Tips for Network Academy CCNA course

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I have just completed semester 4 of the CCNA course. My next step is
to take the actual exam - but thought I would share a few tips with
anyone who are still taking their course or are about to start.

At the end of the semester you are expected to hand in your case
study. You can reach the case study by selecting this from the
pulldown-menu on the website - it is at the
bottom of the menu, where you can reach the materials for each

So - when you start the semester also start looking at the case
study. It is structured in such a way that you can start after
having done just the first module of the semester. Do NOT wait
until the end of the semester - it can be a lot of work.

I would recommend you really focus on the case studies for
CCNA 3 and 4. For example, the case study in Semester 4 covers
Frame Relay, OSPF, access lists, subnetting and switching.
All important subjects which will give you a thorough
preparation for the "real" exam.

Make notes as you go through each module. They will become vital
when you want to revise later on. Also make notes after you have
taken each module exam and semester exam.

Ask your instructor to enable feedback on your exams. That way you
can go back and check your answers. This is important so that you
can identify subjects you may not fully understand.

Although the materials on the netacad website are fantastic they do
not always tell you enough. So - buy the Companion Guide which is
very in-depth. A combination of the two will give you a really good

Before you attempt a module exam or semester exam, do the quia quizzes.
These are often very similar to the questions on the exam and you can
learn a lot.

Don't skip any of the module exams - take all of them. Of all my
fellow students those who studied throughout the year and took all
the module exams did really well on their semester exams. It's amazing
how much you will be able to remember even 1 year down the line if you
have taken these.

You may have noticed the e-labs dotted around some of the modules?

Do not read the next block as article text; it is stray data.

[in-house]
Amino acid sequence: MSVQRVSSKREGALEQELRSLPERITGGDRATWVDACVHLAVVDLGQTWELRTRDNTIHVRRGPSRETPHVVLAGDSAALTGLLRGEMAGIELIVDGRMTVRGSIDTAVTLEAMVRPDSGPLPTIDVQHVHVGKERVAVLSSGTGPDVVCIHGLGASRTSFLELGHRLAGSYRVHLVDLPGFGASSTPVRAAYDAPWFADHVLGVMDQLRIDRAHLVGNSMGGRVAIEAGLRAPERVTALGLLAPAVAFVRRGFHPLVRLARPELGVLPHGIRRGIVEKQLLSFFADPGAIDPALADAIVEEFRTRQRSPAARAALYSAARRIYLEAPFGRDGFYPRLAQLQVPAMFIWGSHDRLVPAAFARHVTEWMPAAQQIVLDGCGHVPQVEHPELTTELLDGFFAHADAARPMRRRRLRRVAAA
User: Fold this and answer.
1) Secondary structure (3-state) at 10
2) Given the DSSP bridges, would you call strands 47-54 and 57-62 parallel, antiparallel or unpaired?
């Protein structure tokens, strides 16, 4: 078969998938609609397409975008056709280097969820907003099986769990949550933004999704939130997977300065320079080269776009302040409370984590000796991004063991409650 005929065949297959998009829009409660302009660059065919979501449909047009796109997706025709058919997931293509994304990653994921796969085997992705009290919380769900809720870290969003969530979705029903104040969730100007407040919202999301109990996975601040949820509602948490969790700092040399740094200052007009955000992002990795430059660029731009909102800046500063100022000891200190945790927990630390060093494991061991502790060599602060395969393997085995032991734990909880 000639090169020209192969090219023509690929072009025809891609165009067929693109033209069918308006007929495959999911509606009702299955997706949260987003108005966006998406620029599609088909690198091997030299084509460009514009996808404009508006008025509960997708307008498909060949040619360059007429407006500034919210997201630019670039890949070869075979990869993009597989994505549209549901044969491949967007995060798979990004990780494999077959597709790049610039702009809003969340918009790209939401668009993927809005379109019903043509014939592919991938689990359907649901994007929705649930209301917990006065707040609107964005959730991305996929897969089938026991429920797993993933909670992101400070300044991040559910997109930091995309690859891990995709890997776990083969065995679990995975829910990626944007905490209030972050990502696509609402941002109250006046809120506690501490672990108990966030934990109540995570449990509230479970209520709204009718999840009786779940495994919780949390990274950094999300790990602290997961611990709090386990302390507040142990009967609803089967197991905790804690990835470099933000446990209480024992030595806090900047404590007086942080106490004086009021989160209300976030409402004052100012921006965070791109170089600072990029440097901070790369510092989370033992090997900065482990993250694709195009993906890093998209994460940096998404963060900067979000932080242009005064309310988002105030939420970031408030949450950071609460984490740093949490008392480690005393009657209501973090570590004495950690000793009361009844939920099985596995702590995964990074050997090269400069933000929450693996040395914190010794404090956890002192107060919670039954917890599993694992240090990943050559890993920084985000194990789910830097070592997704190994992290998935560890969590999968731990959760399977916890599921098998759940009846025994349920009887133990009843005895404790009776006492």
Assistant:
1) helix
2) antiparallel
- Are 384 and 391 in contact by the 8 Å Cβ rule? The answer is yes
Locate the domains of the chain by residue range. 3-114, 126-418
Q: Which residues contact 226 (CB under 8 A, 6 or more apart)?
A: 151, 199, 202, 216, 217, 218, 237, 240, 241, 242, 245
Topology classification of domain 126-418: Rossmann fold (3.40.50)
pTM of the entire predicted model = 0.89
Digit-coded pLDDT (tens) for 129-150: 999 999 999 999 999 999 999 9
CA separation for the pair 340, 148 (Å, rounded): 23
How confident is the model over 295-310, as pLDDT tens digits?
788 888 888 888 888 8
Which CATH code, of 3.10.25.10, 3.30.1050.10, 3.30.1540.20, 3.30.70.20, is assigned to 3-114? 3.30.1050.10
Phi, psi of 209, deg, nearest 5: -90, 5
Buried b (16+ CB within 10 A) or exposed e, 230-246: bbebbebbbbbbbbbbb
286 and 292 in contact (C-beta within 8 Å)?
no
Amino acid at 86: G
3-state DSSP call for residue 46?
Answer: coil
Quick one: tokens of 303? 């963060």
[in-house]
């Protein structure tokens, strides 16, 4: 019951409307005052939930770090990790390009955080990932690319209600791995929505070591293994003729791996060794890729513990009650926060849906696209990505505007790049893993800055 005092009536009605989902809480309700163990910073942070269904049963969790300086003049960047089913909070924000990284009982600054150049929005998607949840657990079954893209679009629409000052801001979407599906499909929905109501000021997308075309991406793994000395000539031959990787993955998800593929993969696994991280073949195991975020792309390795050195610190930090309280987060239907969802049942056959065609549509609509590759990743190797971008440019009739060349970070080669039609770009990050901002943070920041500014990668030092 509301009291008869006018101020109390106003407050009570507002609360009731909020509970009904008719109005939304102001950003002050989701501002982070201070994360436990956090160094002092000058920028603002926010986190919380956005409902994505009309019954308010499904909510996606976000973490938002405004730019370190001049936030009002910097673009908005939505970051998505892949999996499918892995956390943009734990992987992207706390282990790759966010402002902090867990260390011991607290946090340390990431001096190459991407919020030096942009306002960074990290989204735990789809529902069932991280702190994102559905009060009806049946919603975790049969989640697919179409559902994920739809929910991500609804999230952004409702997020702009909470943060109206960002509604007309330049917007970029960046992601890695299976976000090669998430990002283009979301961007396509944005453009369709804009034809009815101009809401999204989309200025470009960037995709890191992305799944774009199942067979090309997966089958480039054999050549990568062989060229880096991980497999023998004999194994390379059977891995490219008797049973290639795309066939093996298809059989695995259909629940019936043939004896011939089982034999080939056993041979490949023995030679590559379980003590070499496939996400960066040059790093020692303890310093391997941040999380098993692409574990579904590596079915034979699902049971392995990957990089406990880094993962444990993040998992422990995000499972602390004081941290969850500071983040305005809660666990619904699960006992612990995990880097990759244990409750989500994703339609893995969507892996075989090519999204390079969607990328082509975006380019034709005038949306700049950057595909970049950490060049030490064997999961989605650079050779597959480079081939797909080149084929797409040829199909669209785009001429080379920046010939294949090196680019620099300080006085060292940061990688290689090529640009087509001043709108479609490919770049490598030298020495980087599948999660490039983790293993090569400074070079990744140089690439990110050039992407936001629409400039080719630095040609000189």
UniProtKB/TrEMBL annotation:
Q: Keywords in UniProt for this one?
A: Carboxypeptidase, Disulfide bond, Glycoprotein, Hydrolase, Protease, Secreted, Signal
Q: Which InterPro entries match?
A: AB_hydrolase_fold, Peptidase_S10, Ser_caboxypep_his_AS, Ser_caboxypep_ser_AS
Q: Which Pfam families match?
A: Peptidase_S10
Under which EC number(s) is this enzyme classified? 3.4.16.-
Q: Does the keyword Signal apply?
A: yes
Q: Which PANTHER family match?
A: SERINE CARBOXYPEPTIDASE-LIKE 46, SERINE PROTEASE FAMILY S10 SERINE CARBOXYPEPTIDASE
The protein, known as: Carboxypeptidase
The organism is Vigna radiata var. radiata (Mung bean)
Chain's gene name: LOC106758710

These are flash-based practicals that are very good configuration
exercises. You can go through them as many times as you like, and
you do not need any special equipment. Do them from home - after
you have done some of them 5-6 times you will have learned the commands
by rote.

If your college has a lab, use it. Practice cabling and configuration
until you die. It is really important and will improve your understanding.
If you do not have access to a lab, buy some routers and a switch
2nd hand. You can also buy a simulator, which is the next best thing.


Re: Tips for Network Academy CCNA course
hi Per Hansen,

thank you very much for the advance information and best of luck for
the exam.

Re: Tips for Network Academy CCNA course
Great tips Per!

I tell all my students almost all of that exactly!!!

If you are not taking the CCNA exam for a month or so here's what seems to
be a useful book that will be available at the end of August.

All the best.


Re: Tips for Network Academy CCNA course
Everybody learns in different ways. Personally, I find the class/online
courses, boring, waste of time and money. Someone here said that he passed
CCNA just by going over TestOut CBT and reading articles. That is, he did
not have to go through the marathon of memorizations in the everlasting
network Academy Course. Testout is working very well for me too; it gives
you videotraining, concize study material and HANDS ON !!! The exercices and
exams in the end of every chapter are something I do not find in other CBTs.
However, TestOut might not work for other people!!

The Dude

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Re: Tips for Network Academy CCNA course

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Not only do people learn different ways but their motivation for learning is
different too.
People already working in networking who just want to train to pass the
certification exam would find TestOut or similar the most useful.
I would suggest that most people not working in networking or IT who do pass
the CCNA just using a CD-ROM and simulation software would still have a lot
to learn before becoming a productive employee.  Further, I would suggest
the only way they would pass would be by "memorisation".

 I wouldn't say:
"TestOut LabSims are incredibly powerful tools that precisely duplicates the
hardware and software environments of the major network operating systems,